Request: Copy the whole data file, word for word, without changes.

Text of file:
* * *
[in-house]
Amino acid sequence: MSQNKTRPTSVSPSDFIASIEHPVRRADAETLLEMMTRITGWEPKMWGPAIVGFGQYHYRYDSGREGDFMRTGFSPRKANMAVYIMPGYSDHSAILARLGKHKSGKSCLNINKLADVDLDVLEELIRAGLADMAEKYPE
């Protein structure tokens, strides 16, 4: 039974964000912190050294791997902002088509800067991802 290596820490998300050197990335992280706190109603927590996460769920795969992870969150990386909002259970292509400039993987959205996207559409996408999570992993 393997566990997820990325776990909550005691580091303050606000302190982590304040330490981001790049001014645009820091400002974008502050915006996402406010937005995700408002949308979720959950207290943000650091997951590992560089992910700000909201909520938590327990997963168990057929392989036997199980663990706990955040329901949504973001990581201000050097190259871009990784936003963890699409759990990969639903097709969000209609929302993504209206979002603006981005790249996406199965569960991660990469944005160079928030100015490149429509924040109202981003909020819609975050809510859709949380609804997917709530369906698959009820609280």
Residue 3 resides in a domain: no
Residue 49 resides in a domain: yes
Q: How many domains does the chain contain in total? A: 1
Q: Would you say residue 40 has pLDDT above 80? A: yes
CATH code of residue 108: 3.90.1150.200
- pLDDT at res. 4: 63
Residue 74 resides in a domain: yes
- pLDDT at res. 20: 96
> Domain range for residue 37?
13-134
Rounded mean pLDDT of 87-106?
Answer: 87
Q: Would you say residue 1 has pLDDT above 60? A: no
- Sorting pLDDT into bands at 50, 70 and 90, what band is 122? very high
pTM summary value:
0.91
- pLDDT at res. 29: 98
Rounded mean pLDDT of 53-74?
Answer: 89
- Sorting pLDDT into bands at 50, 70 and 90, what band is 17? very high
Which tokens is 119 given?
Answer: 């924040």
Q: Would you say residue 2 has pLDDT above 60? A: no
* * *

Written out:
[in-house]
Amino acid sequence: MSQNKTRPTSVSPSDFIASIEHPVRRADAETLLEMMTRITGWEPKMWGPAIVGFGQYHYRYDSGREGDFMRTGFSPRKANMAVYIMPGYSDHSAILARLGKHKSGKSCLNINKLADVDLDVLEELIRAGLADMAEKYPE
């Protein structure tokens, strides 16, 4: 039974964000912190050294791997902002088509800067991802 290596820490998300050197990335992280706190109603927590996460769920795969992870969150990386909002259970292509400039993987959205996207559409996408999570992993 393997566990997820990325776990909550005691580091303050606000302190982590304040330490981001790049001014645009820091400002974008502050915006996402406010937005995700408002949308979720959950207290943000650091997951590992560089992910700000909201909520938590327990997963168990057929392989036997199980663990706990955040329901949504973001990581201000050097190259871009990784936003963890699409759990990969639903097709969000209609929302993504209206979002603006981005790249996406199965569960991660990469944005160079928030100015490149429509924040109202981003909020819609975050809510859709949380609804997917709530369906698959009820609280």
Residue 3 resides in a domain: no
Residue 49 resides in a domain: yes
Q: How many domains does the chain contain in total? A: 1
Q: Would you say residue 40 has pLDDT above 80? A: yes
CATH code of residue 108: 3.90.1150.200
- pLDDT at res. 4: 63
Residue 74 resides in a domain: yes
- pLDDT at res. 20: 96
> Domain range for residue 37?
13-134
Rounded mean pLDDT of 87-106?
Answer: 87
Q: Would you say residue 1 has pLDDT above 60? A: no
- Sorting pLDDT into bands at 50, 70 and 90, what band is 122? very high
pTM summary value:
0.91
- pLDDT at res. 29: 98
Rounded mean pLDDT of 53-74?
Answer: 89
- Sorting pLDDT into bands at 50, 70 and 90, what band is 17? very high
Which tokens is 119 given?
Answer: 């924040």
Q: Would you say residue 2 has pLDDT above 60? A: no